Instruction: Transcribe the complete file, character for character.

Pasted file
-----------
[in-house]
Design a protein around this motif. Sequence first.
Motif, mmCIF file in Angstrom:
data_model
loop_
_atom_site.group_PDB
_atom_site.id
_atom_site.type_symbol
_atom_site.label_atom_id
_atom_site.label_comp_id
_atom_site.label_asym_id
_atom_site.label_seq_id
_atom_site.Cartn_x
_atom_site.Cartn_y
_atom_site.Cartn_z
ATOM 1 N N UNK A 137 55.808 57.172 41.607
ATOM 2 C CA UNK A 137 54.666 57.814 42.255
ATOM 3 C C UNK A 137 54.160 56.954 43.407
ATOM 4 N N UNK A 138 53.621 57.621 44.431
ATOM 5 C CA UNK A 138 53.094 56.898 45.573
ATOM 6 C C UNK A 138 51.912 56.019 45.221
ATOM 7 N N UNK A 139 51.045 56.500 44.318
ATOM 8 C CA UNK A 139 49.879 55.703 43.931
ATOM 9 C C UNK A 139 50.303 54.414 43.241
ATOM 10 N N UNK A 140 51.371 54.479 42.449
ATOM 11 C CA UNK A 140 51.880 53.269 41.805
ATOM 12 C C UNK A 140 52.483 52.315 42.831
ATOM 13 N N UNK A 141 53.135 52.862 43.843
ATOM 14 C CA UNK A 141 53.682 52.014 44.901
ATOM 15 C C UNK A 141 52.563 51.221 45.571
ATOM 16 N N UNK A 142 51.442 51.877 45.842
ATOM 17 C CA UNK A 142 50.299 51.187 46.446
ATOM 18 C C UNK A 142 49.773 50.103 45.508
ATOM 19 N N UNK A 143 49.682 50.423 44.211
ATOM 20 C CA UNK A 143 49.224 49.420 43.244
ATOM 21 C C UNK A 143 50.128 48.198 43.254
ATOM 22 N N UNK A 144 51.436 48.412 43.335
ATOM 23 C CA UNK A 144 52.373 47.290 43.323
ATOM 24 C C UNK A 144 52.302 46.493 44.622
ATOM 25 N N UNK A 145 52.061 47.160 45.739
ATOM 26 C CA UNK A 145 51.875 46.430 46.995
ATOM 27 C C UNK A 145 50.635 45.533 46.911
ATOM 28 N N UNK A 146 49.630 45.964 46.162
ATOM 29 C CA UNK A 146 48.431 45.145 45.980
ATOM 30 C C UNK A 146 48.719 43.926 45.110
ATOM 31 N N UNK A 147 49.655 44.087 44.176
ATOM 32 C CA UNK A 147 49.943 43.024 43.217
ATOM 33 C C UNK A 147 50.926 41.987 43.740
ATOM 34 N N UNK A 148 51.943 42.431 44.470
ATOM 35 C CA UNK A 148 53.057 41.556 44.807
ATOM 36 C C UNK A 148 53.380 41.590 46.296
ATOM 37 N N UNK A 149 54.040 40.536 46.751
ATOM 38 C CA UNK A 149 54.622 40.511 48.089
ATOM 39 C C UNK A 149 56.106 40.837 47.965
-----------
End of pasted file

[in-house]
Design a protein around this motif. Sequence first.
Motif, mmCIF file in Angstrom:
data_model
loop_
_atom_site.group_PDB
_atom_site.id
_atom_site.type_symbol
_atom_site.label_atom_id
_atom_site.label_comp_id
_atom_site.label_asym_id
_atom_site.label_seq_id
_atom_site.Cartn_x
_atom_site.Cartn_y
_atom_site.Cartn_z
ATOM 1 N N UNK A 137 55.808 57.172 41.607
ATOM 2 C CA UNK A 137 54.666 57.814 42.255
ATOM 3 C C UNK A 137 54.160 56.954 43.407
ATOM 4 N N UNK A 138 53.621 57.621 44.431
ATOM 5 C CA UNK A 138 53.094 56.898 45.573
ATOM 6 C C UNK A 138 51.912 56.019 45.221
ATOM 7 N N UNK A 139 51.045 56.500 44.318
ATOM 8 C CA UNK A 139 49.879 55.703 43.931
ATOM 9 C C UNK A 139 50.303 54.414 43.241
ATOM 10 N N UNK A 140 51.371 54.479 42.449
ATOM 11 C CA UNK A 140 51.880 53.269 41.805
ATOM 12 C C UNK A 140 52.483 52.315 42.831
ATOM 13 N N UNK A 141 53.135 52.862 43.843
ATOM 14 C CA UNK A 141 53.682 52.014 44.901
ATOM 15 C C UNK A 141 52.563 51.221 45.571
ATOM 16 N N UNK A 142 51.442 51.877 45.842
ATOM 17 C CA UNK A 142 50.299 51.187 46.446
ATOM 18 C C UNK A 142 49.773 50.103 45.508
ATOM 19 N N UNK A 143 49.682 50.423 44.211
ATOM 20 C CA UNK A 143 49.224 49.420 43.244
ATOM 21 C C UNK A 143 50.128 48.198 43.254
ATOM 22 N N UNK A 144 51.436 48.412 43.335
ATOM 23 C CA UNK A 144 52.373 47.290 43.323
ATOM 24 C C UNK A 144 52.302 46.493 44.622
ATOM 25 N N UNK A 145 52.061 47.160 45.739
ATOM 26 C CA UNK A 145 51.875 46.430 46.995
ATOM 27 C C UNK A 145 50.635 45.533 46.911
ATOM 28 N N UNK A 146 49.630 45.964 46.162
ATOM 29 C CA UNK A 146 48.431 45.145 45.980
ATOM 30 C C UNK A 146 48.719 43.926 45.110
ATOM 31 N N UNK A 147 49.655 44.087 44.176
ATOM 32 C CA UNK A 147 49.943 43.024 43.217
ATOM 33 C C UNK A 147 50.926 41.987 43.740
ATOM 34 N N UNK A 148 51.943 42.431 44.470
ATOM 35 C CA UNK A 148 53.057 41.556 44.807
ATOM 36 C C UNK A 148 53.380 41.590 46.296
ATOM 37 N N UNK A 149 54.040 40.536 46.751
ATOM 38 C CA UNK A 149 54.622 40.511 48.089
ATOM 39 C C UNK A 149 56.106 40.837 47.965